Is there anybody else who can tell me what needs to be considered for a successful Illumina HiSeq / HiScanSQ sequencing of RRBS libraries?
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Old 04-27-2011, 11:28 AM   #4
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We just had this same issue with our HiSeq 2000. How can we reanalyze this without the image files? Can this be done using the CIF files?
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Old 04-27-2011, 11:31 AM   #5
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I am afraid this won't work if you don't have the saved images. Did you lose entire lanes or just a certain fraction of it?

Last edited by fkrueger; 04-27-2011 at 11:37 AM.
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Old 04-27-2011, 11:56 AM   #6
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A fraction, the data quality drops off quickly after the barcode.

It's infuriating that Illumina has done nothing about this when they've known about this for years.
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Old 04-27-2011, 03:30 PM   #7
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I'll be the first to admit that Illumina has made some mistakes (for example, generating a file format that its aligner cannot read), and they could do a better job of advertising the issue, but the decision not to save the image files seems a reasonable trade off (although it would be nice to have the option to save). Transferring the images to the server had become the bottleneck for sequencing runs, and the problem was exacerbated when they rolled out the HiSeq. There are a couple of straightforward non-computational solutions: use custom sequencing primers if there's no diversity, or design multiple balanced barcodes for each sample to introduce diversity.
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Old 04-28-2011, 04:42 AM   #8
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Has anyone tried the "Configurable Template Generation Cycles option" in the new SCS2.9/RTA1.9 when running indexed samples on a GAIIx. It allows deferred cluster calling for low complexity or in adapter bar-coded samples. We have got the script from our FAS but have not tried it as yet....wondering if there is anyone out there who has?

[I]From SCS2.9/RTA1.9 Release notes:
Configurable Template Generation Cycles: The SCS CIF file generation feature cannot start until RTA has generated the tile templates. This
takes 5 cycles after the declared template generation cycle.
Normally template generation begins on cycle 1 and ends on cycle 5. However template generation requires a diversity of bases in the clusters of the template generation cycles. Some users have custom sample preparation procedures that place arbitrary sequences on the clusters, adapters or indexing ““spikes””, etc. The required diversity of bases may not be present in this case, and it is possible to delay template generation until the actual sample is being sequenced.
[/I]
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Old 04-28-2011, 05:30 AM   #9
fkrueger
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Quote:
Originally Posted by protist View Post
Has anyone tried the "Configurable Template Generation Cycles option" in the new SCS2.9/RTA1.9 when running indexed samples on a GAIIx. It allows deferred cluster calling for low complexity or in adapter bar-coded samples. We have got the script from our FAS but have not tried it as yet....wondering if there is anyone out there who has?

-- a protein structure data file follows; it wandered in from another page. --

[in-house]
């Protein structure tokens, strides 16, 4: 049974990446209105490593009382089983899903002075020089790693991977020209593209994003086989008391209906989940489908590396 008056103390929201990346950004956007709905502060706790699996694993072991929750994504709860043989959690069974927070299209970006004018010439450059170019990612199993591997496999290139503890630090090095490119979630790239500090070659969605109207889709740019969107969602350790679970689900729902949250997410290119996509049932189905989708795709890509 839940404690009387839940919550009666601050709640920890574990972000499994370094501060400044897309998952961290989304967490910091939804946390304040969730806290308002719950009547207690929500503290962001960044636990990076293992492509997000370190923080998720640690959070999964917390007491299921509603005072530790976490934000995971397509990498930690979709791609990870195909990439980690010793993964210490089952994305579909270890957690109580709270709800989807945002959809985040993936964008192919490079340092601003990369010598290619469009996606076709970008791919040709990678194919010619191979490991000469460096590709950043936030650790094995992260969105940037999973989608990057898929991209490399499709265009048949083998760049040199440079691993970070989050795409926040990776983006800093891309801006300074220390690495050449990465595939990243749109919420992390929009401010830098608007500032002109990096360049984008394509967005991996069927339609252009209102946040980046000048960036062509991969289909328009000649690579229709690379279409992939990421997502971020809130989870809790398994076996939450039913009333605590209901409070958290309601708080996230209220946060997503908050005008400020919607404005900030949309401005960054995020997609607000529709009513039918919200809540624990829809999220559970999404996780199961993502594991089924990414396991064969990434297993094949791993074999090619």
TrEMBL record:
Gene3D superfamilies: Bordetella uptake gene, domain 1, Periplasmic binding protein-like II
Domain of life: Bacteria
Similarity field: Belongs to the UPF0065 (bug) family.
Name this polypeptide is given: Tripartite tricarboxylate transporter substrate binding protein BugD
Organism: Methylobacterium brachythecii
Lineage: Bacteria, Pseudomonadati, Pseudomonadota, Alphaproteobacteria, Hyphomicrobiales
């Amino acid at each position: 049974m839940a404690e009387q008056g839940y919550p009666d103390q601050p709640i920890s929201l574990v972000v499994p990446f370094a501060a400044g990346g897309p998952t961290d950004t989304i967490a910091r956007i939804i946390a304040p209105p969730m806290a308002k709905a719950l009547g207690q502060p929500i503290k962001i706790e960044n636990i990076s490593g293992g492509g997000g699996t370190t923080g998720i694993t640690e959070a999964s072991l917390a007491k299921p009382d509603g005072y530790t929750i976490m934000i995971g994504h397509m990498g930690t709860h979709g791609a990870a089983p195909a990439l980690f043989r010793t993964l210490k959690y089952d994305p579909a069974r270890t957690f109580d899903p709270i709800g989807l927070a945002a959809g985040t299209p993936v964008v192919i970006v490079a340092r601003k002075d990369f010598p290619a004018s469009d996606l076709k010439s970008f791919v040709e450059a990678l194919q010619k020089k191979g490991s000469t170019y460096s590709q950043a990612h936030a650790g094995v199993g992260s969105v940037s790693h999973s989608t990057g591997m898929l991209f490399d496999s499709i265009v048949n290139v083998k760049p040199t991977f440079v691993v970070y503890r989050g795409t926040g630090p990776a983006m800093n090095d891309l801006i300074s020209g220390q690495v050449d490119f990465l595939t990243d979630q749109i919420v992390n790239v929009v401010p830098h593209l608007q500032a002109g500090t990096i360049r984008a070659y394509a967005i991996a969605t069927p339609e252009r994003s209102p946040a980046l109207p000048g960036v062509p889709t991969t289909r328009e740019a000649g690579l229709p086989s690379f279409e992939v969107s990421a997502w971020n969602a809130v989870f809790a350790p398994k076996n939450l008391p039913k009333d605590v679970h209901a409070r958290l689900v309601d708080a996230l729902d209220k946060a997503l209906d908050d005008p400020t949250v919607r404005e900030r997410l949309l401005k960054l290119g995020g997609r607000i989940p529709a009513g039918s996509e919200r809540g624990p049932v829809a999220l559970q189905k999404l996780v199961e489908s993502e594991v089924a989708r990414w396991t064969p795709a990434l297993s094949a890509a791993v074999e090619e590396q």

I would also be interested if anyone had used this "new" option. After talking to our Illumina rep we don't have any reason to believe that the "Configurable Template Generation Cycles" option is any different from the previous unofficial option "--image-flags". Thus, I would imagine that the basecalls would still suffer from mysteriously bad qualities, see the Supplementary Figures linked in the first post of this thread.

Not quite but I also think that this option can only be applied to the entire flowcell and not on a per-lane basis, right?
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Old 06-06-2011, 08:43 PM   #10
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Default how about PE data

Hi, I have the same issue with my data. however , in my data , which is paired-end manner of solexa data ,1-81 are read1 data,and 82-162 are read2 data , 1-7 and 82-88 cycles are barcode with low diversety .
could bareback handle this kind of data ?
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Old 06-07-2011, 12:05 AM   #11
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Hi Lan,

Yes, in theory bareback-processing should be able to handle this kind of data. Cluster coordinates are determined for read 1 only, so it will be sufficient if you shuffle the first 7 bp or read 1 towards the back and leave read 2 untouched (the bareback-script will do just that).

Good luck!
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Old 09-21-2011, 01:54 PM   #12
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Smile First try on low-diversity libraries

Hi guys,

I'm trying to run my first flow cell on a GAIIx with low-diversity libraries. I'm still not sure whether to go ahead and save the images and do the post analysis with Bareback (my illumina rep does not encourage that alternative) or to use the delay template generation. However on the latter I don't know if I'll get an early report about the quality of the run (i.e. focusing, intensities ).
Any suggestions would be greatly appreciated.

Horacio
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Old 09-21-2011, 03:35 PM   #13
fkrueger
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Hi Horacio,